The United Kingdom plans to work closely with US industry as it develops its next-generation Tempest fighter jet concept, according to the UK defence secretary.
“We have a great tradition at producing the best fighters in the world and we have a great tradition of having that national sovereign capability, and we are never going to be wanting to surrender that,” Gavin Williamson told an audience on 7 August at the Atlantic Council think tank in Washington. “In terms of actually working with international partners, we’re very open to it.”
Williamson announced the Tempest concept in mid-July at the UK Farnborough International Airshow. The Tempest team currently comprises BAE Systems, Leonardo, MBDA, and Rolls-Royce. The United Kingdom wants a Tempest business case by the end of the year, a final investment decision by 2025, and the aircraft flying by 2035.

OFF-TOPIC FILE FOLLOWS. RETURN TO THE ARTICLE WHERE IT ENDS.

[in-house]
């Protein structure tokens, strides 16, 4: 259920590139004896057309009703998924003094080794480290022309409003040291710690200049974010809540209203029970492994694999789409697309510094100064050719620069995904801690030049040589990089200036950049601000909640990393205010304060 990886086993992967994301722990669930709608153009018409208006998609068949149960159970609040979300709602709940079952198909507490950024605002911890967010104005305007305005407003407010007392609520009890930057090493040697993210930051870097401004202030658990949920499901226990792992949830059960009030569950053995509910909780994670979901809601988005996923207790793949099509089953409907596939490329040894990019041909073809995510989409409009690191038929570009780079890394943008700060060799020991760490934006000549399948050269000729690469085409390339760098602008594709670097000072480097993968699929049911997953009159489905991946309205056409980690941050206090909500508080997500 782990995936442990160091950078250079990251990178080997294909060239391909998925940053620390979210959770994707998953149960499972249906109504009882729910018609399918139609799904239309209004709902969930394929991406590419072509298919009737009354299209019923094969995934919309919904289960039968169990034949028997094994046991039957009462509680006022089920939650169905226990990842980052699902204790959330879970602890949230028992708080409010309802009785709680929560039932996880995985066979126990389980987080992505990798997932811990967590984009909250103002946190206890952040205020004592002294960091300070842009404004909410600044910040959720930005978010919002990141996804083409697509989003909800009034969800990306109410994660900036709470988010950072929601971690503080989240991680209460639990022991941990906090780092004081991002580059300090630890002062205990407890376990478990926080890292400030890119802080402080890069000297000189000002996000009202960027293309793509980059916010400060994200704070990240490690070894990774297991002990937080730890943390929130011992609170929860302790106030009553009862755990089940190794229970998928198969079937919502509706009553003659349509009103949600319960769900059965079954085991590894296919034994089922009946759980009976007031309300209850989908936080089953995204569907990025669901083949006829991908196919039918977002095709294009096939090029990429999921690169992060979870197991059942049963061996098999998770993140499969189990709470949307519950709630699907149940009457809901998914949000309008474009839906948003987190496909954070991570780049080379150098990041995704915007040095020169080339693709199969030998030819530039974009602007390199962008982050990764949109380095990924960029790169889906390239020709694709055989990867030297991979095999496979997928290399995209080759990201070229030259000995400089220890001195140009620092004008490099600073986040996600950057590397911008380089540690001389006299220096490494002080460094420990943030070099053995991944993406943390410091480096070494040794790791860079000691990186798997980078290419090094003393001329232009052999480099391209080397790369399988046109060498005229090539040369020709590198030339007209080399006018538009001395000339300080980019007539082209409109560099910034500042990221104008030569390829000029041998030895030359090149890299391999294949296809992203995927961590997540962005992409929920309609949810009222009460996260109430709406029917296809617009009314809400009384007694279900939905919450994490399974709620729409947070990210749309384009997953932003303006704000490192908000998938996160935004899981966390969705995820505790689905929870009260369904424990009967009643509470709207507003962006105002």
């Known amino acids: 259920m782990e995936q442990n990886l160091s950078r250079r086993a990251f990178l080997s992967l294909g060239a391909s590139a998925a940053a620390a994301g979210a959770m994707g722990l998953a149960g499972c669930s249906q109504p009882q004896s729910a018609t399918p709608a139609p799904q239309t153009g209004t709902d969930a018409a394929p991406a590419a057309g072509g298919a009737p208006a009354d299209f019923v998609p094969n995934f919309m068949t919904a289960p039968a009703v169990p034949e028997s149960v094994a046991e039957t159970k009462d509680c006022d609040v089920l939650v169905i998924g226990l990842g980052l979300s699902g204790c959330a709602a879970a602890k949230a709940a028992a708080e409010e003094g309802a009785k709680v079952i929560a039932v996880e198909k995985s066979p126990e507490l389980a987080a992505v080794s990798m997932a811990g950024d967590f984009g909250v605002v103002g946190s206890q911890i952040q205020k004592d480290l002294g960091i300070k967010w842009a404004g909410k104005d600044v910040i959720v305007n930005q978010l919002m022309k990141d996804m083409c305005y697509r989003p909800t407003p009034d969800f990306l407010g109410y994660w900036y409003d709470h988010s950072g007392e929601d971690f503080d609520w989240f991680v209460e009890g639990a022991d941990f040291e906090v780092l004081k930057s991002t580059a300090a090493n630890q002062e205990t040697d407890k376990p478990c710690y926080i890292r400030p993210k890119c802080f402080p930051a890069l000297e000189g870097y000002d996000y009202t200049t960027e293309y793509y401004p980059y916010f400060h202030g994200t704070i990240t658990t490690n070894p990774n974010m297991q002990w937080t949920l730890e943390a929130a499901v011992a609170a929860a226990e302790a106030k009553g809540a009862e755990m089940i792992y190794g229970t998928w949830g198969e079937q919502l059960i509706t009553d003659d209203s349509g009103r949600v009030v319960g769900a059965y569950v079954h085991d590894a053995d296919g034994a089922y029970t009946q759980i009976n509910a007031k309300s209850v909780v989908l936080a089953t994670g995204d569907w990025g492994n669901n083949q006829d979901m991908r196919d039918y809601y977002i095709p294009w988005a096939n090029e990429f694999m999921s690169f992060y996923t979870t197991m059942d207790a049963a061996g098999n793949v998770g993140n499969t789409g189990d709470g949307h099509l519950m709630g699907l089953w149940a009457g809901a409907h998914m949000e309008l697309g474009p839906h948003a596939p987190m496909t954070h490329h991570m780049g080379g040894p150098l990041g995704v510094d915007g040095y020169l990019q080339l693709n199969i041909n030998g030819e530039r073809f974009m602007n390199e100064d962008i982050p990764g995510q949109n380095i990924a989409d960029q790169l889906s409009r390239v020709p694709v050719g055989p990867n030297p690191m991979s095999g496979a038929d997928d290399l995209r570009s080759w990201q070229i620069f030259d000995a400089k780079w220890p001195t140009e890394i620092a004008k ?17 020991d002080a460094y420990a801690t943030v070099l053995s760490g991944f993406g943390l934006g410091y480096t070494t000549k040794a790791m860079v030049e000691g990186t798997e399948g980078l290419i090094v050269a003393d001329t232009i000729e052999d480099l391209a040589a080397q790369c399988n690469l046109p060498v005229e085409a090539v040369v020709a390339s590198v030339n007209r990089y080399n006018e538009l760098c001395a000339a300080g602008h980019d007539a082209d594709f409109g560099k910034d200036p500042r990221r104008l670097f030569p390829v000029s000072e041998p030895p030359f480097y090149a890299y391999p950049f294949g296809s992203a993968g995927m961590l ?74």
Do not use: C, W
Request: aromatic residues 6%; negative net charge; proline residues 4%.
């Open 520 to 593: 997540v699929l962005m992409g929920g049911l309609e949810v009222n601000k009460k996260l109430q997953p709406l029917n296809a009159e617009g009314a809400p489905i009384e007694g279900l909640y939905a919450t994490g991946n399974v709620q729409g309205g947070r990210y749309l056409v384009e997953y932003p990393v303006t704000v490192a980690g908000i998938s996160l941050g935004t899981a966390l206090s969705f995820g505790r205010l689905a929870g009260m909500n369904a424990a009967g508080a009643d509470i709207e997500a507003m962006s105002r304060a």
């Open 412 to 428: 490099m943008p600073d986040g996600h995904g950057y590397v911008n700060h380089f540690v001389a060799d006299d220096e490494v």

The United States is home to leading fighter jet companies Lockheed Martin and Boeing. Lockheed Martin is developing the fifth-generation F-35 Lightning II Joint Strike Fighter (JSF), developed the fifth-generation F-22 Raptor, and supports the F-16 Fighting Falcon while Boeing supports the F-15 Eagle. The United Kingdom is a partner on the F-35 programme.
There is already international interest in Tempest. Japan has approached the United Kingdom about participating, having had an “exchange of opinions” about the possibility of a joint air combat project. Japan is looking to replace its Air Self-Defense Force’s (JASDF’s) Mitsubishi F-2 fighters.
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